Bizarro Physics

All sorts of oddities emerge from equations that we have developed to describe reality.  What is surprising is that rather than being simply mathematical artifacts, they actually show up in our physical world.

Perhaps the first such bizarro (see DC Comics) entity was antimatter; matter with an opposite charge and spin.  A mathematical solution to Paul Dirac’s relativistic version of Schrödinger’s equation (it makes my head hurt just looking at it), antimatter was discovered 4 years after Dirac predicted it.

One of last year’s surprises was the negative frequencies that are solutions to Maxwell’s equations and have been shown to reveal themselves in components of light.

And, earlier this month, German physicists announced the ability to create a temperature below absolute zero.

So when we were told in physics class to throw out those “negative” solutions to equations because they were in the imaginary domain, and therefore had no basis in reality…uh, not so fast.

What I find interesting about these discoveries is the implications for the bigger picture.  If our reality were what most of us think it is – 3 dimensions of space, with matter and energy following the rules set forth by the “real” solutions to the equations of physics – one might say that reality trumps the math; that solutions to equations only make sense in the context of describing reality.

However, it appears to be the other way around – math trumps reality.  Solutions to equations previously thought to be in the “imaginary domain” are now being shown to manifest in our reality.

This is one more category of evidence that underlying our apparent reality are data and rules.  The data and rules don’t manifest from the reality; they create the reality.

Bizarro185 antimatter185

Dark Matter, Parallel Worlds, and Bizarro Neighbors

It turns out that it is very likely that an unseen world is occupying the same space that we do.  What goes on there?  Are there Bizarro humans living with Bizarro pets in Bizarro homes, working at Bizarro jobs, just like we do?

Astronomers who have studied the motion of galaxies and clusters of galaxies have noticed that such large astronomical objects rotate too fast for the amount of matter inferred by their size, distance, and luminosity.  Further, in order for the universe to be flat, as it is observed, there must be much more matter than is currently visible.  In fact, by some estimates, observable matter only accounts for less than 1% of the mass of the universe.  The rest, therefore, must be dark – hence the name “dark matter.”  Many varieties of dark matter have been proposed, including exotic dark matter consisting of various high energy loose particles such as neutrinos and theoretical particles called WIMPs (weakly interacting massive particles).  Also in the menu of candidates for dark matter are big chunky masses called MACHOs (massive compact halo objects – don’t astronomers have a great sense of humor?), which include brown dwarfs, planets, or black holes.  Certain studies of the structure of the early universe, however, have demonstrated that MACHOs can not account for more than a fraction of the total dark matter.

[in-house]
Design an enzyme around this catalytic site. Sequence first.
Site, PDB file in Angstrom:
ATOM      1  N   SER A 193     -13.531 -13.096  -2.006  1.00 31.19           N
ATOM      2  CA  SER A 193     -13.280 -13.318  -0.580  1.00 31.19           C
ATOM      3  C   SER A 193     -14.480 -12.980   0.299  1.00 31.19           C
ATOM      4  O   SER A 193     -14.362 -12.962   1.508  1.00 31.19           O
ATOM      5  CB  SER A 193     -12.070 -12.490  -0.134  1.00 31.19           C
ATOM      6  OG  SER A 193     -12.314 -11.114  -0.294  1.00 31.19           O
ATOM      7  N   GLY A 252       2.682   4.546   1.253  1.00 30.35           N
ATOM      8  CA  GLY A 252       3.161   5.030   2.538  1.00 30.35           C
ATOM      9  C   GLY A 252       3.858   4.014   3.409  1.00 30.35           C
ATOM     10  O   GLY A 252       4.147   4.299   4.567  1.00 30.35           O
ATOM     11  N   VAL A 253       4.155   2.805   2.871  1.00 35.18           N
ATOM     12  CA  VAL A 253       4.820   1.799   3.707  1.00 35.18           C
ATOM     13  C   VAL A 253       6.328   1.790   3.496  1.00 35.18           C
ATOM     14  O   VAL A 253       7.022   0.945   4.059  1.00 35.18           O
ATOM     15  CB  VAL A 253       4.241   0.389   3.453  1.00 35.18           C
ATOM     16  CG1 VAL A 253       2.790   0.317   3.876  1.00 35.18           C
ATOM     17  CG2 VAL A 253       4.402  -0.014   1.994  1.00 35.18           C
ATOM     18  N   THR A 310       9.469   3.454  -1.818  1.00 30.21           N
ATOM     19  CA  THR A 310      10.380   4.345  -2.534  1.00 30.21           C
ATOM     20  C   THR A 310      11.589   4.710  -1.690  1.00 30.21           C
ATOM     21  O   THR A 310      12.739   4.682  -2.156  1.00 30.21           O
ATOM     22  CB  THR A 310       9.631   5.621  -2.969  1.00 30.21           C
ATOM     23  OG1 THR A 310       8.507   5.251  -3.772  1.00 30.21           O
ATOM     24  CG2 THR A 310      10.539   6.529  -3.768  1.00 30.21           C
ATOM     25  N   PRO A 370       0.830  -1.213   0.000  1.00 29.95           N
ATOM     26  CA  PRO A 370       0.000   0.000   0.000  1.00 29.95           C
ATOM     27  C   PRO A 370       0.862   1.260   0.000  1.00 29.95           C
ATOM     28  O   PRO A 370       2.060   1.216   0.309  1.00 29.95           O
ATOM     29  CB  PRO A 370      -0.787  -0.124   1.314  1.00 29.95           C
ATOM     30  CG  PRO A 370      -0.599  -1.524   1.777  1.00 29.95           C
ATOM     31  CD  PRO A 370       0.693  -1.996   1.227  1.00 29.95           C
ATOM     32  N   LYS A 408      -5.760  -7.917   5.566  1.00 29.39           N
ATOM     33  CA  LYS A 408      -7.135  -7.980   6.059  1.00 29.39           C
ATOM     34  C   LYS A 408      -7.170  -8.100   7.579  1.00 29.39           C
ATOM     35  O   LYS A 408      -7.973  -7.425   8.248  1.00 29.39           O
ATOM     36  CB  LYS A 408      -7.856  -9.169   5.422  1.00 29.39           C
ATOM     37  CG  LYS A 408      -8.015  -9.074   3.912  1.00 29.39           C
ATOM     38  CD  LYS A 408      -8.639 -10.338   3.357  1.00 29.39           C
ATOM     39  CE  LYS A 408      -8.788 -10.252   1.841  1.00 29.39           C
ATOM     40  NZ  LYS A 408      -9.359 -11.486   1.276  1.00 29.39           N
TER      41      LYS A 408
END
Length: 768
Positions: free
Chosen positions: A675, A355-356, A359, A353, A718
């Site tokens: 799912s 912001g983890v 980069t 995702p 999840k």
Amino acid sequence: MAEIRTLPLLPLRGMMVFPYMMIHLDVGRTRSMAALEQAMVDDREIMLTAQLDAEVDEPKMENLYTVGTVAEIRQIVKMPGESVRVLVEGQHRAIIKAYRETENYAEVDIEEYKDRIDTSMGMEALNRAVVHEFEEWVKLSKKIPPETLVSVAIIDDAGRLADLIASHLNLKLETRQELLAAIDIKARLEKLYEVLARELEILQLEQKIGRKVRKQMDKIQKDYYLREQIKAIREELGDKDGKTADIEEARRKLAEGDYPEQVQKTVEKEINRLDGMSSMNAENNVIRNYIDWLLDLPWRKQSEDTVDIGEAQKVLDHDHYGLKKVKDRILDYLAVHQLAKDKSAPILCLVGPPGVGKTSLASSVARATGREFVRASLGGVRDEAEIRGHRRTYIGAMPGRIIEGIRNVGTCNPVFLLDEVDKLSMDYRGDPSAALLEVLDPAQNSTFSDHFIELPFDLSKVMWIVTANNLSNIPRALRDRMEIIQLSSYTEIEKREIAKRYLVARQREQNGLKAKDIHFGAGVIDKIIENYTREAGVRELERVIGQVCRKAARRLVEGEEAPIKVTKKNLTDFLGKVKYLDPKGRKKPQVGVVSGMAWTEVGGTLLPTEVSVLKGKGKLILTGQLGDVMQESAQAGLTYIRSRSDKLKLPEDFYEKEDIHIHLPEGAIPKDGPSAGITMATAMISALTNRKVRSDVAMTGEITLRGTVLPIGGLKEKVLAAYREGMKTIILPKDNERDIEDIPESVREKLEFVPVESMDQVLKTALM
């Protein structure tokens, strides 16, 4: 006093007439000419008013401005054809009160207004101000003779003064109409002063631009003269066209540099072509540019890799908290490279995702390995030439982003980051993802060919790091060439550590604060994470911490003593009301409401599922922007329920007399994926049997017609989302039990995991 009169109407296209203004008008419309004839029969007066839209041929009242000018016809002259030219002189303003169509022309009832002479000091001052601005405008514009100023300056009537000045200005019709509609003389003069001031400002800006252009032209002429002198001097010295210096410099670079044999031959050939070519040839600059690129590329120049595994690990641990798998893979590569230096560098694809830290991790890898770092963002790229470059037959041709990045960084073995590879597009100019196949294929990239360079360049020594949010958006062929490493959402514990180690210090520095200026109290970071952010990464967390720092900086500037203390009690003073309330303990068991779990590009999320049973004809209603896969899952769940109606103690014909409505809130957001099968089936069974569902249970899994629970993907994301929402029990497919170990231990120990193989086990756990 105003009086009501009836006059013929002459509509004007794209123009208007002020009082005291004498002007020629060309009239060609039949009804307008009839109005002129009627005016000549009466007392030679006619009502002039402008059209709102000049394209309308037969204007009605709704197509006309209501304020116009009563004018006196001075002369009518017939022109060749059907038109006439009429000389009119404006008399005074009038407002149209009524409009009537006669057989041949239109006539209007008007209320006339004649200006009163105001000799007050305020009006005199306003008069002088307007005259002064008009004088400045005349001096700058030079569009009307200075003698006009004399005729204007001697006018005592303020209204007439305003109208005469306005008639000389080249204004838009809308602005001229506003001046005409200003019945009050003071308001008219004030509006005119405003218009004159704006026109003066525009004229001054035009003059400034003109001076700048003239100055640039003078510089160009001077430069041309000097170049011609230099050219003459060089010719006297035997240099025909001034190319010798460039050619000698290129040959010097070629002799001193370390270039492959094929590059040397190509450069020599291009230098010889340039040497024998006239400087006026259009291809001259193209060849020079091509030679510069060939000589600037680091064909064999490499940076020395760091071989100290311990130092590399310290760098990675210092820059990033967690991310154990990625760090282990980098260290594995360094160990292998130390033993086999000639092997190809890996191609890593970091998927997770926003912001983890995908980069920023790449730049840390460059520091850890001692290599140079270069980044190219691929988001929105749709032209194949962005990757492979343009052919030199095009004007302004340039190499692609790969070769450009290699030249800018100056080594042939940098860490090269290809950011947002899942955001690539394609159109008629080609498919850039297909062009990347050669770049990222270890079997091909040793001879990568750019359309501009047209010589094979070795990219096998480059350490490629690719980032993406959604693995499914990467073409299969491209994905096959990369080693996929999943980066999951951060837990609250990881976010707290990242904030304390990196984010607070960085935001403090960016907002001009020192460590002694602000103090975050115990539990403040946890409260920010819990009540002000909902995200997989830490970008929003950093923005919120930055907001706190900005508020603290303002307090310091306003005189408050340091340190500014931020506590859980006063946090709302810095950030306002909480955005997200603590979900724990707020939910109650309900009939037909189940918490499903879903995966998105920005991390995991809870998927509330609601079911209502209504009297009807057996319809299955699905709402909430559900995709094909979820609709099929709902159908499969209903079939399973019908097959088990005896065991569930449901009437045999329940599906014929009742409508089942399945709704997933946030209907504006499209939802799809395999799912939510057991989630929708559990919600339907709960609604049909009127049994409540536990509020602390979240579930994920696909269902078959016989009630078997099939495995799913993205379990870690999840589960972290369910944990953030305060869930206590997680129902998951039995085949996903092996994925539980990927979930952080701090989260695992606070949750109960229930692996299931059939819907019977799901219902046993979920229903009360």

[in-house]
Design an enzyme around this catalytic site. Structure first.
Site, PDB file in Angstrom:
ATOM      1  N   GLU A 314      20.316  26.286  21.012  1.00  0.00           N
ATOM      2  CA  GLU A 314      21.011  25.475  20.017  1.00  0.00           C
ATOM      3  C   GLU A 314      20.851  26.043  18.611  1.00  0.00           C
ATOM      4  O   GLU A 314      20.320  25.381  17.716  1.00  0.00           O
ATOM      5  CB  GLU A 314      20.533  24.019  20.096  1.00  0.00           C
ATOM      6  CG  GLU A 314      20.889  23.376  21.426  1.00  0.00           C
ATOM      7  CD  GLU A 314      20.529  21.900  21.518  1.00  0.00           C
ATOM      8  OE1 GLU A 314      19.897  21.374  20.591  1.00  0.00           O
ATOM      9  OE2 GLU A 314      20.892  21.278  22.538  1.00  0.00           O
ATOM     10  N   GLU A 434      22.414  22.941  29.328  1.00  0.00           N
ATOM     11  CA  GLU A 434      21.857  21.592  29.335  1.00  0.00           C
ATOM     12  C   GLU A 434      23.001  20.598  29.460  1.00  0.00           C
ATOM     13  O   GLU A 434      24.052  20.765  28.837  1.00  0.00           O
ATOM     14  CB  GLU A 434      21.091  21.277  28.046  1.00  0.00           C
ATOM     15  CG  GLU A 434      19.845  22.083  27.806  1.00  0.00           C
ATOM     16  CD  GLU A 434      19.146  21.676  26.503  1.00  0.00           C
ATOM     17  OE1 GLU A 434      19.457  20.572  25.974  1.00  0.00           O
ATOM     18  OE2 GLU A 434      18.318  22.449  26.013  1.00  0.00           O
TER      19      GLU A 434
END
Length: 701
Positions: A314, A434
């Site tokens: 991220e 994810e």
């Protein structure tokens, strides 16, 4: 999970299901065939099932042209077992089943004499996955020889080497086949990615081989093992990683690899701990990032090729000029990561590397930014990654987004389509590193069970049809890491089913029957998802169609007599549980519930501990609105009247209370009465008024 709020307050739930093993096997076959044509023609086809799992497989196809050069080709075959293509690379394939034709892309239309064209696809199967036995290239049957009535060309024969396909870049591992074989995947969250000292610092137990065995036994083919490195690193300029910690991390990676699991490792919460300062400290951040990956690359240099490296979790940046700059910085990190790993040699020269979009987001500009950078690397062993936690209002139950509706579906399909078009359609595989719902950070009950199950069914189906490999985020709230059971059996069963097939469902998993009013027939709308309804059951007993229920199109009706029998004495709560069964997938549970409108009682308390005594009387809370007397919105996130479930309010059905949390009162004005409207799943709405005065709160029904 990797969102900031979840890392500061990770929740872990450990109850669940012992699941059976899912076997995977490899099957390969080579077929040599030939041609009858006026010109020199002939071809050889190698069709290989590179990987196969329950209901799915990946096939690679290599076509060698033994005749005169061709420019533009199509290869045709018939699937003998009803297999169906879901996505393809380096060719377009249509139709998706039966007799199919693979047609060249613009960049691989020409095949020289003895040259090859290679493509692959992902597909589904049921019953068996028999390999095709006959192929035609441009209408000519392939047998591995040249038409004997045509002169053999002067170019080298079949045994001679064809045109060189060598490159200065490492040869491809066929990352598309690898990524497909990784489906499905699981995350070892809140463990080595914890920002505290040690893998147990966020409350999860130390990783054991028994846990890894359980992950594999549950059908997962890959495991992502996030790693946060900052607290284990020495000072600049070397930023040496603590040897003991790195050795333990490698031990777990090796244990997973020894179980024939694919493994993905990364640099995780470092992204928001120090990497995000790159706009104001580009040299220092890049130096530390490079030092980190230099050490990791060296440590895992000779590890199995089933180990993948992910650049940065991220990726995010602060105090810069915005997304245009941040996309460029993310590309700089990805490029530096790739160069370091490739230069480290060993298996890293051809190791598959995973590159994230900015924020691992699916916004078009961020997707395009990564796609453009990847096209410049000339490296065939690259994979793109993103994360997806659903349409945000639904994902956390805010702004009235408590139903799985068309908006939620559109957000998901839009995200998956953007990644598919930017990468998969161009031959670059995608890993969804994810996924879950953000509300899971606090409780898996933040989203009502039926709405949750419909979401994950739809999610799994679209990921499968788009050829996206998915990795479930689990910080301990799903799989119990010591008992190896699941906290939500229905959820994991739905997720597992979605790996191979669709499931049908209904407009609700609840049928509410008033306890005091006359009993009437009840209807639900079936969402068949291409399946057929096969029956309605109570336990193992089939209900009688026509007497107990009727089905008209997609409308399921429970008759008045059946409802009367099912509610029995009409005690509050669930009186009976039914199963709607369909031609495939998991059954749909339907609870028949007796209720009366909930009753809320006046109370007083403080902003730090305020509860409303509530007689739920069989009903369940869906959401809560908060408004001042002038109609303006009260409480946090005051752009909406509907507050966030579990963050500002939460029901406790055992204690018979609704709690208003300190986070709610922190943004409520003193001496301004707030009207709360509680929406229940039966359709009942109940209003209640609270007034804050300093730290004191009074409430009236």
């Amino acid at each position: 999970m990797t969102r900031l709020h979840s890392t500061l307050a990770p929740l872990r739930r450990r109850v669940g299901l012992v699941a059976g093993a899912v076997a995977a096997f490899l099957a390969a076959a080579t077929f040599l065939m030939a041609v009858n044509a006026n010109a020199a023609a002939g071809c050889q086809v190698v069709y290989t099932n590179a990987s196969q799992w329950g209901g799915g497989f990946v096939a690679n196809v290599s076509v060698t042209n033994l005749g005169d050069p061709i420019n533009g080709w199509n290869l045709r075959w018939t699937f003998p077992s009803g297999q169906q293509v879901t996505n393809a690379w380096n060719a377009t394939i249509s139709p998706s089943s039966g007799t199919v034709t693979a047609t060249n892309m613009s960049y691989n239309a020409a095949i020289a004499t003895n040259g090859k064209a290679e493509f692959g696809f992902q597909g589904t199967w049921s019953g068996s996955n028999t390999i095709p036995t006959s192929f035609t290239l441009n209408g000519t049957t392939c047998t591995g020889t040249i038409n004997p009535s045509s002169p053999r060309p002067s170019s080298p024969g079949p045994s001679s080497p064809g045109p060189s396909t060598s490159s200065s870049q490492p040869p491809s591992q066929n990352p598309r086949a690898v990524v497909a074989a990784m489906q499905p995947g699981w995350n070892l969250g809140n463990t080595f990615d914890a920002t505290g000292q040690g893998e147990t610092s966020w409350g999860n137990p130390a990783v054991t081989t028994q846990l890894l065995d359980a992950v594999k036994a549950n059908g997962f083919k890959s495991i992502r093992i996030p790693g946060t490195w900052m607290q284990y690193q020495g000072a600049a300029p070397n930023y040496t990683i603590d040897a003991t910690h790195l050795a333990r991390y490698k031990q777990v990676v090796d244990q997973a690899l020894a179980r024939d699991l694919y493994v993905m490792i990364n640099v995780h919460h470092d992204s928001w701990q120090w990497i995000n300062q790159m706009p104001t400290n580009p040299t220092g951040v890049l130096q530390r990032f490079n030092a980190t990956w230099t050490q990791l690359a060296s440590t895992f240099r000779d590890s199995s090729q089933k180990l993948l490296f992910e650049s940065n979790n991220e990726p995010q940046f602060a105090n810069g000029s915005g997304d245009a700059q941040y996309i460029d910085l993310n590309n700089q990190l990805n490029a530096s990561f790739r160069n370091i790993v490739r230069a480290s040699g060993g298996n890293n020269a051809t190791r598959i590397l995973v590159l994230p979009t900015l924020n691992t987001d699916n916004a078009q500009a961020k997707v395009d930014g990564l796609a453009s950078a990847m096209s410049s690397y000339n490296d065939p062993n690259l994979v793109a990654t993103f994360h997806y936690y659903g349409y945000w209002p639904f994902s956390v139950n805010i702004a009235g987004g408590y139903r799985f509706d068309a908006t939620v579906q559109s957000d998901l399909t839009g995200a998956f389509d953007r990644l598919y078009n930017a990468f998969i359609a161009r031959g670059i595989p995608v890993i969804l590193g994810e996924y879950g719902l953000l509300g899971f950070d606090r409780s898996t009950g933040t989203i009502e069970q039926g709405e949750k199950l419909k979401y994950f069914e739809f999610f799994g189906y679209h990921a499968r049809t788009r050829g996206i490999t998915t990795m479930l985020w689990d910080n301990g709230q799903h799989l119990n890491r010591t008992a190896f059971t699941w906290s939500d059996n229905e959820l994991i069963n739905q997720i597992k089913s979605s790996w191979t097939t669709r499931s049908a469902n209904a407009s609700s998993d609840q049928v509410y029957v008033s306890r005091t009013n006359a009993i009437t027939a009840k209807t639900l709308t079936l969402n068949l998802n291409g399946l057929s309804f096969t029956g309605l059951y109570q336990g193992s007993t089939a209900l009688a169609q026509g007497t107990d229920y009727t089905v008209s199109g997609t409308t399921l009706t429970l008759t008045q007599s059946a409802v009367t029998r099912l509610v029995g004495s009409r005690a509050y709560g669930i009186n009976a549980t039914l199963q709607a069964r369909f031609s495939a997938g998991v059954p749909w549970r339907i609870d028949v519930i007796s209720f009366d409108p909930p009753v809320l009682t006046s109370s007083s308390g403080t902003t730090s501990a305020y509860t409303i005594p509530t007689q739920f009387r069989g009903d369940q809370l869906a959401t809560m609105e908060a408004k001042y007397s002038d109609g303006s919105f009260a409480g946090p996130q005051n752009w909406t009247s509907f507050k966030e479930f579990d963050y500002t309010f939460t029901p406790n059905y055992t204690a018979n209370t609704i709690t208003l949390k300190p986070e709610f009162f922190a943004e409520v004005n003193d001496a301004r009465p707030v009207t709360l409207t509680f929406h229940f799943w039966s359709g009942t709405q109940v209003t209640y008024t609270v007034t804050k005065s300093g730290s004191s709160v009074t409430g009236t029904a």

As a result, WIMPs are winning the battle.  Anomalous scientific results from Results from ATIC (Advanced Thin Ionization Calorimeter in Antarctica, PAMELA (an Italian space mission called a Payload for AntiMatter Exploration and Light-nuclei Astrophysics), and INTEGRAL (a European Gamma Ray satellite, INTErnational Gamma-Ray Astrophysics Laboratory) ) are starting to narrow down the kinds of particle that could be responsible.  See Kaluza-Klein particles for more (also see New Scientist article).

Interesting, this has some fascinating implications.  The fact that WIMPs don’t interact means we don’t even know they are there.  Because the measurements imply that they are integrated into our space just like ordinary matter is, they are effectively right next to us and we have no way of detecting them.

But what form are they in?  Is it a sea of particles?  Or do they clump like ordinary matter?  The answer appears to be the latter.  According to Hubble data, dark matter clumps at all magnitudes (see Science Daily article), which means it looks pretty much like ordinary matter.

What does all this mean?  All indications are that there is tons (figuratively speaking) of invisible, undetectable material existing right in our own space.  In fact, by all accounts, there is about 7 times as much as our common ordinary matter.  For all we know, there are dark desks, dark Volvos, and dark versions of Donald Trump’s hair.

intergalactic space Bizarro Trump